Lots of financial writers correctly praise index funds for their low costs, low turnover, low drama, massive and easy diversification, and numerous other attributes.
But today I’m going to repeat something I wrote in 2014: The No. 1 reason you should love index funds is they will keep you out of the hands of pushy, unethical salespeople and brokers.
If Wall Street knows you’re committed to index funds, you’ll probably drop to the bottom (where you want to be, I assure you) of cold-call lists used by security salespeople looking for business.
The reason is obvious: The paltry expenses paid by index-fund investors will never be enough to satisfy Wall Street’s seemingly insatiable need for hefty sales commissions, fancy offices, expense-paid trips, sky-high salaries and other perks.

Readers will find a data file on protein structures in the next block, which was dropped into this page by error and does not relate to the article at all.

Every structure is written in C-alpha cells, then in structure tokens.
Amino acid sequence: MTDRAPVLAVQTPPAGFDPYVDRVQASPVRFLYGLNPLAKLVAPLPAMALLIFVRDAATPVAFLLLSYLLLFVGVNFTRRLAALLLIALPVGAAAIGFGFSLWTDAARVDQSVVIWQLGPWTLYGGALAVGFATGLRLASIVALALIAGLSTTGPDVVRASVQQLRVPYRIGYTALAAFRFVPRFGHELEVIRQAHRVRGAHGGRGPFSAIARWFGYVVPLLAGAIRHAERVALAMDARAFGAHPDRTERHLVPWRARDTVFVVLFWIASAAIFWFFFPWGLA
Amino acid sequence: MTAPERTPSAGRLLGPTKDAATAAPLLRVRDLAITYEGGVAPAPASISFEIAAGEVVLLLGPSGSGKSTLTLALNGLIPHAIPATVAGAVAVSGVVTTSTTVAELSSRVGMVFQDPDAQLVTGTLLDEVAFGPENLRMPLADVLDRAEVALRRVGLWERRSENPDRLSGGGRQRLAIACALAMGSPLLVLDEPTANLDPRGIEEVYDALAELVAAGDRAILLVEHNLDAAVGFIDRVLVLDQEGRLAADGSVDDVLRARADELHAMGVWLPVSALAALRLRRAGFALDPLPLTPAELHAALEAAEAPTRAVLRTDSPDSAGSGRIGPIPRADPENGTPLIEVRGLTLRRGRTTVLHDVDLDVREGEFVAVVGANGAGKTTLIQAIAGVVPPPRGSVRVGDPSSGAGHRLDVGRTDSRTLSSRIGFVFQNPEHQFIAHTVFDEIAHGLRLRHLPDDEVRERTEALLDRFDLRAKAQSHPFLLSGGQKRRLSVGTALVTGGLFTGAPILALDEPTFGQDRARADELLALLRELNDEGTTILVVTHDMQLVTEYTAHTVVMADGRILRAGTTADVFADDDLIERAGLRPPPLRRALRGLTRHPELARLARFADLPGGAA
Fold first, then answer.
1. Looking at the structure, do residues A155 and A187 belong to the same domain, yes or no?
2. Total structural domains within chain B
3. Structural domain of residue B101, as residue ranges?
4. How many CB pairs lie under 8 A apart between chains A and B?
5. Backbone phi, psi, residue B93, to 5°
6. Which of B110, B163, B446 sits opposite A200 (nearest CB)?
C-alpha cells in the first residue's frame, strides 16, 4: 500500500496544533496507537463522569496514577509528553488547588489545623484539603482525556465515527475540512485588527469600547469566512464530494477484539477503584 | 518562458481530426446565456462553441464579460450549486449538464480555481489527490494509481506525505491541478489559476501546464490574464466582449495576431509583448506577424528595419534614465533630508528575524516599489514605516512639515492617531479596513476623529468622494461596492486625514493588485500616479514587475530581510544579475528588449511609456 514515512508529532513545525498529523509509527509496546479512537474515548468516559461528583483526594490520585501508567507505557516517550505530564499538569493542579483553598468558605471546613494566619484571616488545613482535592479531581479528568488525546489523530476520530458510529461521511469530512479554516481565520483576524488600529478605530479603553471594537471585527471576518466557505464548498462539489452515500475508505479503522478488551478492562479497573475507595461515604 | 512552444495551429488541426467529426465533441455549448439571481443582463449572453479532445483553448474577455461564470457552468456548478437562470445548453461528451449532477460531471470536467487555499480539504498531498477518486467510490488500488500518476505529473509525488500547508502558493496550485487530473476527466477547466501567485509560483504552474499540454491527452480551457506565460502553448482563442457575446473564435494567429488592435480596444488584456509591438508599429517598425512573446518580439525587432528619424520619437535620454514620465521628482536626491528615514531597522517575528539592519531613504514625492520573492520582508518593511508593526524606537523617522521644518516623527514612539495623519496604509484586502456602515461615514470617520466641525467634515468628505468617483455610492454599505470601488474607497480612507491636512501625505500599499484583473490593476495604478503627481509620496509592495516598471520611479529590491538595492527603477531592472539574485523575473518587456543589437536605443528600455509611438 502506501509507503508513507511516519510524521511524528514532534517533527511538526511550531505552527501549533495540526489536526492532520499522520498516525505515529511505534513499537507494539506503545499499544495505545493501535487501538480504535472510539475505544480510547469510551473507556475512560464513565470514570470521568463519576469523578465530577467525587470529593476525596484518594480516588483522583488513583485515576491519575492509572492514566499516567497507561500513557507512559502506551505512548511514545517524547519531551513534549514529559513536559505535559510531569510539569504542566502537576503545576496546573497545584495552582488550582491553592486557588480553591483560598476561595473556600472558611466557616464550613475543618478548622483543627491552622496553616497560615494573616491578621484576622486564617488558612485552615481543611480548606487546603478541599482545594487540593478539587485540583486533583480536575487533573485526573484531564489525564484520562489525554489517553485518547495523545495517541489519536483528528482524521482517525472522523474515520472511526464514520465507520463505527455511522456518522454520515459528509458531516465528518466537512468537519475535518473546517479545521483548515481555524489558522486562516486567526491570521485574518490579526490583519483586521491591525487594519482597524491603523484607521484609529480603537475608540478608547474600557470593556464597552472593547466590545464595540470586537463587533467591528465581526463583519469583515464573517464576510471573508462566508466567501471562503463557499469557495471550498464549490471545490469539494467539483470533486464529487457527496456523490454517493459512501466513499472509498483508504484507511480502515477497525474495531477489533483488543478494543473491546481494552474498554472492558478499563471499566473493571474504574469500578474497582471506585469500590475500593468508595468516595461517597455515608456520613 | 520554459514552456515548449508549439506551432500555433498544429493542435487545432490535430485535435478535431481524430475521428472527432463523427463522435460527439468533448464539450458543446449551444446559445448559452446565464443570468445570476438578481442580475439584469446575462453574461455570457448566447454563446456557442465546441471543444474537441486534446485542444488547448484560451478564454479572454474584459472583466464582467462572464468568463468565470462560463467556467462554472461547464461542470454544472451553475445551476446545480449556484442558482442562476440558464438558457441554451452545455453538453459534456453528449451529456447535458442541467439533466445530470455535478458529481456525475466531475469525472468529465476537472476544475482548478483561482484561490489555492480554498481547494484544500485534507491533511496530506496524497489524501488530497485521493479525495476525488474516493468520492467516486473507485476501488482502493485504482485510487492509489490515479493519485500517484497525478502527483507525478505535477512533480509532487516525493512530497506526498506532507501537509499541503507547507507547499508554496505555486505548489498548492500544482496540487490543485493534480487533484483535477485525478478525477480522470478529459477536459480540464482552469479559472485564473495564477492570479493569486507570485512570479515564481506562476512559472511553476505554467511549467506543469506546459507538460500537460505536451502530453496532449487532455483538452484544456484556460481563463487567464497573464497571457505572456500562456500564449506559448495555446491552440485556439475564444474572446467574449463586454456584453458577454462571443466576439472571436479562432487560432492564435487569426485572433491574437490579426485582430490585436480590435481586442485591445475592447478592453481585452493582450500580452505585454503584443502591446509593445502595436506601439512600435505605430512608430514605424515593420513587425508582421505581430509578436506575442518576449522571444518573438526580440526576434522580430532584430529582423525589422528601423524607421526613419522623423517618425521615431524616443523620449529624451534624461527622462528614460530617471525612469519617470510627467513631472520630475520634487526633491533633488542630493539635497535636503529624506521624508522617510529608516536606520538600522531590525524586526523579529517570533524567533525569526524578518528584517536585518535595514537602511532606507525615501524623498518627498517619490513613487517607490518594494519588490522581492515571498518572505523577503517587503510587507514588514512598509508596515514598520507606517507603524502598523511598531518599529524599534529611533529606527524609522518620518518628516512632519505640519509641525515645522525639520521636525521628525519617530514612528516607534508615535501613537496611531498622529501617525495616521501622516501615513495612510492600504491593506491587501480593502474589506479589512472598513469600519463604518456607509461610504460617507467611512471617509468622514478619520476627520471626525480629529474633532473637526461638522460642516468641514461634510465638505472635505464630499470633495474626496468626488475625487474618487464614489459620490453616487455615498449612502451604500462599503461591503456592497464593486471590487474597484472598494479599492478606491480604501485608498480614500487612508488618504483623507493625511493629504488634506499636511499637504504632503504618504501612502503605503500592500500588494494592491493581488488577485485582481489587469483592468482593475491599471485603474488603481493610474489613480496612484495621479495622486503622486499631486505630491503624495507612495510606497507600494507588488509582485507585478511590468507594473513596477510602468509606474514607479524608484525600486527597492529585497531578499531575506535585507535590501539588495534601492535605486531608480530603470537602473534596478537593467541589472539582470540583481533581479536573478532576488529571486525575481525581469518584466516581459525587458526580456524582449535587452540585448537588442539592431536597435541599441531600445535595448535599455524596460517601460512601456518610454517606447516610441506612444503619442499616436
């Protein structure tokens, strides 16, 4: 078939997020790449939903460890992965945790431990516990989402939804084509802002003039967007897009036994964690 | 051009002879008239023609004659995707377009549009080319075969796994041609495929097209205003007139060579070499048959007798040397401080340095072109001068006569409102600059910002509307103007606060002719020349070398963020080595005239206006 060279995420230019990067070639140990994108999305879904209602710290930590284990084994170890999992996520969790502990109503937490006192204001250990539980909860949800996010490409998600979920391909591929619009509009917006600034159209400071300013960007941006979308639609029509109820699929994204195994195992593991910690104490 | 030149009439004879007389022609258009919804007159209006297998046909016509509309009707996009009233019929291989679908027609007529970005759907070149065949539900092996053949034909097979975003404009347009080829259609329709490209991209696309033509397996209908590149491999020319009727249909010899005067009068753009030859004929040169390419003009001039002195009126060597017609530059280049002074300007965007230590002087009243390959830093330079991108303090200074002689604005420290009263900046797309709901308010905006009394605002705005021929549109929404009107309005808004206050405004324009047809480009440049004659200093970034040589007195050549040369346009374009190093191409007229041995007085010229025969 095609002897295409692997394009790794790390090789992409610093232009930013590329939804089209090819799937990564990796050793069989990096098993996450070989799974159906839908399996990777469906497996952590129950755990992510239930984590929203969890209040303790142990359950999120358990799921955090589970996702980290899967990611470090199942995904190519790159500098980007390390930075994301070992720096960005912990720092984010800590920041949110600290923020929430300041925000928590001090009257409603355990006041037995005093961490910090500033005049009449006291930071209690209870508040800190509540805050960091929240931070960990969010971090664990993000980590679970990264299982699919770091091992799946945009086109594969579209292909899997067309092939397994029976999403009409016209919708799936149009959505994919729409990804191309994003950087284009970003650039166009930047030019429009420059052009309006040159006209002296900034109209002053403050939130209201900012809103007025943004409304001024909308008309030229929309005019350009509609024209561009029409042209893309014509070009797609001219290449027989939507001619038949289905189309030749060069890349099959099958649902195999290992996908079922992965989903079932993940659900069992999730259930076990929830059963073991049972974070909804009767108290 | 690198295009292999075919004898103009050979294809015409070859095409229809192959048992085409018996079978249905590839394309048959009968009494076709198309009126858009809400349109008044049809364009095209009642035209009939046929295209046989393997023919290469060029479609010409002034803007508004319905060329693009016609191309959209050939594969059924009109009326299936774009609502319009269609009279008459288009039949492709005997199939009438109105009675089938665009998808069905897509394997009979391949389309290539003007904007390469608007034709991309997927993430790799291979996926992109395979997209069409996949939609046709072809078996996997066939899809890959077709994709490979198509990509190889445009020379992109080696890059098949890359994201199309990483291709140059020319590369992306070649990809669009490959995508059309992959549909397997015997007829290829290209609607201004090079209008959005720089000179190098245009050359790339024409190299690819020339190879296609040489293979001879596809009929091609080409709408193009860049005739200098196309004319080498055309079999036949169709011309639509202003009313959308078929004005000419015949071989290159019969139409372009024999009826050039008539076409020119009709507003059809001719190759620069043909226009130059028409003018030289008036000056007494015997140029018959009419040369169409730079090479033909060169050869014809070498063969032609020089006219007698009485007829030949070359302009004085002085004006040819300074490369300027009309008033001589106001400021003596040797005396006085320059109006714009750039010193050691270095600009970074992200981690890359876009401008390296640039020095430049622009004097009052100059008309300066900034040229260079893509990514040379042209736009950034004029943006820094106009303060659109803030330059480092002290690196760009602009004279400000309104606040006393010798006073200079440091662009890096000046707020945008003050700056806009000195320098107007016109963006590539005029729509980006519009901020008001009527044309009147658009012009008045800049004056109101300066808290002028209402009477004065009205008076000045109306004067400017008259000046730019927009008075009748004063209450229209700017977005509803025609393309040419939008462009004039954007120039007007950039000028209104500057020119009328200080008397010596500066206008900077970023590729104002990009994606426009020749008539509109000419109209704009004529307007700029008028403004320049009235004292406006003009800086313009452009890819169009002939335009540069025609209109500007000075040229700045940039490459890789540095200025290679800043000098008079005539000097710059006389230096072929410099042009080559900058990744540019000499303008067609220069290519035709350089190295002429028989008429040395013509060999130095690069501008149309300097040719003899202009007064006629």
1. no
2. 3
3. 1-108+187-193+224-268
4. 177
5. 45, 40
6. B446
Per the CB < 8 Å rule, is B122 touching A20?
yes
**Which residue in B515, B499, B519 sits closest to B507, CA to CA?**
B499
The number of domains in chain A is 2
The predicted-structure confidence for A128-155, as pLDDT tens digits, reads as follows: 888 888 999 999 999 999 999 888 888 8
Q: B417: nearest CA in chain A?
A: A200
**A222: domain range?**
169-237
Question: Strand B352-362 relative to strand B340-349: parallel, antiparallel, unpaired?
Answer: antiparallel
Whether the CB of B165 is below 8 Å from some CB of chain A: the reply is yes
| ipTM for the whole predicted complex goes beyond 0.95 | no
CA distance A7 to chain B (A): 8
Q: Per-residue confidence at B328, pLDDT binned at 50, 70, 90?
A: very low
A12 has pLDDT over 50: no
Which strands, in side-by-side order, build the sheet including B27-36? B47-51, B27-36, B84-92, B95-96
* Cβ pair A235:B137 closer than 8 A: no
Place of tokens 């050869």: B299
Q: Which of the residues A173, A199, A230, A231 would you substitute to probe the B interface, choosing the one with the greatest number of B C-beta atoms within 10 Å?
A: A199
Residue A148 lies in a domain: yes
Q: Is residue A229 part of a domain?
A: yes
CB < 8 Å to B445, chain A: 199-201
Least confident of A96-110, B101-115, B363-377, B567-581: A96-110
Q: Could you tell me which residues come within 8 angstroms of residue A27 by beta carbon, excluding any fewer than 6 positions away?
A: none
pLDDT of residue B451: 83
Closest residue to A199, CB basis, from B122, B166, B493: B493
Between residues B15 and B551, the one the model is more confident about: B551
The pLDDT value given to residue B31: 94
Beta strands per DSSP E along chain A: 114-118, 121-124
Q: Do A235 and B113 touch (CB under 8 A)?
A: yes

Millions of investors seem willing to pay significant annual expenses for actively managed mutual funds.
In the very popular large-cap blend fund category, the average expense ratio is 0.98%. Index funds typically charge no more than one-fifth that much — and often less than 10% of that.
Even worse (in fact unconscionable) from Wall Street’s point of view, Fidelity Investments offers index funds in that category with no charge at all for expenses.
But what’s bad for Wall Street is good for investors.
In fact, there’s general agreement among academics and investment advisers who don’t sell products that the most reliable way to boost investment returns is to cut your expenses.